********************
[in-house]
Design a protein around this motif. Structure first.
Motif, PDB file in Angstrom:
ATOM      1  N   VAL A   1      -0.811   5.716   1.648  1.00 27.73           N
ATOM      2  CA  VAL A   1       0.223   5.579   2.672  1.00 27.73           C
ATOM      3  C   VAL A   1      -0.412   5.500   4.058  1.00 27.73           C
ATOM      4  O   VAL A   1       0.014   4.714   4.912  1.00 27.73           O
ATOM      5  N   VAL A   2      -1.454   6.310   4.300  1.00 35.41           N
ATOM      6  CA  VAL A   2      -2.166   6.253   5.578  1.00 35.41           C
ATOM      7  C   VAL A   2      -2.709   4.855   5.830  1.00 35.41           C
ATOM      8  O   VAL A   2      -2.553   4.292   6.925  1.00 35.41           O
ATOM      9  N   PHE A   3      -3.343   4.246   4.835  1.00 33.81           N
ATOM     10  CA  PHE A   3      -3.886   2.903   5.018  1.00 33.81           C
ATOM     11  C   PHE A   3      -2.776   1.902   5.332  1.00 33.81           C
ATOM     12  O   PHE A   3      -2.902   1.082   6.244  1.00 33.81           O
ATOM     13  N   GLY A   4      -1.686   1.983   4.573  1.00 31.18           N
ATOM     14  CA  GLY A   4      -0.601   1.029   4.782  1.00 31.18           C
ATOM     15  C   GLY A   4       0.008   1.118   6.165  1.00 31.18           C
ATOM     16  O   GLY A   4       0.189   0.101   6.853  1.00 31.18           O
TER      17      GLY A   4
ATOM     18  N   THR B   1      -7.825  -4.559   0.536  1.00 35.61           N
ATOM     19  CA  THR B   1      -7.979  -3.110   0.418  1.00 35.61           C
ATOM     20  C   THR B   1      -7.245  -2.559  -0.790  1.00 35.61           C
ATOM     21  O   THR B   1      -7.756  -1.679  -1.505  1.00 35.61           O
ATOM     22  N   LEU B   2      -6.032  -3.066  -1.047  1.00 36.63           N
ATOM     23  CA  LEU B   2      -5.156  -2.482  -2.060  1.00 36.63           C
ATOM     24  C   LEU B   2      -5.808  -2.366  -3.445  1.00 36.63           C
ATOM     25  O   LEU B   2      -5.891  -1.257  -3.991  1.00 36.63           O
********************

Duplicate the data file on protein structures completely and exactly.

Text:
[in-house]
Design a protein around this motif. Structure first.
Motif, PDB file in Angstrom:
ATOM      1  N   VAL A   1      -0.811   5.716   1.648  1.00 27.73           N
ATOM      2  CA  VAL A   1       0.223   5.579   2.672  1.00 27.73           C
ATOM      3  C   VAL A   1      -0.412   5.500   4.058  1.00 27.73           C
ATOM      4  O   VAL A   1       0.014   4.714   4.912  1.00 27.73           O
ATOM      5  N   VAL A   2      -1.454   6.310   4.300  1.00 35.41           N
ATOM      6  CA  VAL A   2      -2.166   6.253   5.578  1.00 35.41           C
ATOM      7  C   VAL A   2      -2.709   4.855   5.830  1.00 35.41           C
ATOM      8  O   VAL A   2      -2.553   4.292   6.925  1.00 35.41           O
ATOM      9  N   PHE A   3      -3.343   4.246   4.835  1.00 33.81           N
ATOM     10  CA  PHE A   3      -3.886   2.903   5.018  1.00 33.81           C
ATOM     11  C   PHE A   3      -2.776   1.902   5.332  1.00 33.81           C
ATOM     12  O   PHE A   3      -2.902   1.082   6.244  1.00 33.81           O
ATOM     13  N   GLY A   4      -1.686   1.983   4.573  1.00 31.18           N
ATOM     14  CA  GLY A   4      -0.601   1.029   4.782  1.00 31.18           C
ATOM     15  C   GLY A   4       0.008   1.118   6.165  1.00 31.18           C
ATOM     16  O   GLY A   4       0.189   0.101   6.853  1.00 31.18           O
TER      17      GLY A   4
ATOM     18  N   THR B   1      -7.825  -4.559   0.536  1.00 35.61           N
ATOM     19  CA  THR B   1      -7.979  -3.110   0.418  1.00 35.61           C
ATOM     20  C   THR B   1      -7.245  -2.559  -0.790  1.00 35.61           C
ATOM     21  O   THR B   1      -7.756  -1.679  -1.505  1.00 35.61           O
ATOM     22  N   LEU B   2      -6.032  -3.066  -1.047  1.00 36.63           N
ATOM     23  CA  LEU B   2      -5.156  -2.482  -2.060  1.00 36.63           C
ATOM     24  C   LEU B   2      -5.808  -2.366  -3.445  1.00 36.63           C
ATOM     25  O   LEU B   2      -5.891  -1.257  -3.991  1.00 36.63           O